Breeding Structure of Populations in Relation to Speciation

@article{Wright1940BreedingSO,
  title={Breeding Structure of Populations in Relation to Speciation},
  author={Sewall Wright},
  journal={The American Naturalist},
  year={1940},
  volume={74},
  pages={232 - 248}
}
  • S. Wright
  • Published 1 May 1940
  • Biology
  • The American Naturalist
THE problem of speciation involves both the processes by which populations split into non-interbreedingl roups and those by which single populations change their characteristics in time, thus leading to divergence of previously isolated groups. The first step in applying genetics to the problem is undoubtedly the discovery of the actual nature of the genetic differences aniong allied subspecies, species and genera in a large number of representative cases.. Differences which tend to prevent…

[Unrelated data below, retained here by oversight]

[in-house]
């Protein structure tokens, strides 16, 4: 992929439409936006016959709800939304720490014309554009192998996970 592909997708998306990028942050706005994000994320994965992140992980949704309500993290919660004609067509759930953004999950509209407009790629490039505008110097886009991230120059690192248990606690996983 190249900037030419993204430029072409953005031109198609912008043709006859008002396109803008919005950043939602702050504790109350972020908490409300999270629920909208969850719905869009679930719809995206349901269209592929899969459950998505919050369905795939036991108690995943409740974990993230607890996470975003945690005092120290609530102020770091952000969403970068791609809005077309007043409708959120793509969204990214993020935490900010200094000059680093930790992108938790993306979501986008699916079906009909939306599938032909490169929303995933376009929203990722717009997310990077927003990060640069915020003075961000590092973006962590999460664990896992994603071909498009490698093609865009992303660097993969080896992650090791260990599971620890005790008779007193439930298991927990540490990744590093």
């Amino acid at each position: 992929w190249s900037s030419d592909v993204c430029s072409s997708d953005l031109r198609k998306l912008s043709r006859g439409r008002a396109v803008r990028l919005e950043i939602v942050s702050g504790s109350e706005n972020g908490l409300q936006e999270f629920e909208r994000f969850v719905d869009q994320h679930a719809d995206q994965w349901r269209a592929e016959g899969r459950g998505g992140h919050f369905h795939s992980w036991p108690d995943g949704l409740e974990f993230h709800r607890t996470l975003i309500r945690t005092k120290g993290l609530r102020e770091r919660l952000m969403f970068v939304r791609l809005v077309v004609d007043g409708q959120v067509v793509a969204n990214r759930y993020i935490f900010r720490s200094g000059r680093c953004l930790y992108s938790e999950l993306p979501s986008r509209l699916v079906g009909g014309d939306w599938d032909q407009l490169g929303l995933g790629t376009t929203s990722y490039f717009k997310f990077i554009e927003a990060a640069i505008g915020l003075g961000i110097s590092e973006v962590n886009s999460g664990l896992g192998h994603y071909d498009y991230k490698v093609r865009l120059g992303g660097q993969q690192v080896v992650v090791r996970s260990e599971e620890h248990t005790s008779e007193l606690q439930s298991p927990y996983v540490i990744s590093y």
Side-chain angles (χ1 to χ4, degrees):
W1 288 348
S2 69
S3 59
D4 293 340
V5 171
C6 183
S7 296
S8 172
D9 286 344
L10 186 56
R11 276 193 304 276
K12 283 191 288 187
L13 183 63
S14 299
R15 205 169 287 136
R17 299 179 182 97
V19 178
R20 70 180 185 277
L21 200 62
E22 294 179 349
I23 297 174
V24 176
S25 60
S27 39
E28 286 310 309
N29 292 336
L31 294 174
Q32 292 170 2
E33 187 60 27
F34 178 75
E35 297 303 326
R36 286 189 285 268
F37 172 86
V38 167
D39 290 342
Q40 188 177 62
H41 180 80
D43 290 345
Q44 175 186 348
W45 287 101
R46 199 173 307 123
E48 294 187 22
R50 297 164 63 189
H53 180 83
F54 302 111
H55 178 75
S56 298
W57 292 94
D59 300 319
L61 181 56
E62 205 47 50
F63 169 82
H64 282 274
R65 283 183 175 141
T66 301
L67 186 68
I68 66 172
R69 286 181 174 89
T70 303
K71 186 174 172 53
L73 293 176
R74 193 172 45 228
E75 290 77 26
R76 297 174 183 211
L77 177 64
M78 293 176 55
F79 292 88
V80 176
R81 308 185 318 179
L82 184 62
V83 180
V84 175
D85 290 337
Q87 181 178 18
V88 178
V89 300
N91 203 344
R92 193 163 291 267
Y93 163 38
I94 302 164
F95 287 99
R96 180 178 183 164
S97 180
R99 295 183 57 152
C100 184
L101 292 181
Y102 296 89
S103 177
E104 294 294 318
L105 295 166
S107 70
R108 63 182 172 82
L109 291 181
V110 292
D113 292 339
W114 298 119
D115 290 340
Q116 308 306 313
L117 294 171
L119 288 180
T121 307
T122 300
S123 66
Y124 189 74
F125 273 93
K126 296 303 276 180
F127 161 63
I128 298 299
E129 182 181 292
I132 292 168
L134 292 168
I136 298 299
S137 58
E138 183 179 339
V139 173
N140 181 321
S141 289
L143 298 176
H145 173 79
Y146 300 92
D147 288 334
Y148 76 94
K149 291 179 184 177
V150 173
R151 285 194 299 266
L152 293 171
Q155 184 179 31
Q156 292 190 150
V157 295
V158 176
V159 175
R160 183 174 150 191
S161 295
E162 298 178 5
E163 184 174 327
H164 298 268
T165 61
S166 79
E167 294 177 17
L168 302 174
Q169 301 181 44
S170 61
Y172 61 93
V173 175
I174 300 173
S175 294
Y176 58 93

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Although it is true that most text-books of genetics open with a chapter on biometry, closer inspection will reveal that this has little connexion with the body of the work, and that more often than not it is merely belated homage to a once fashionable study.

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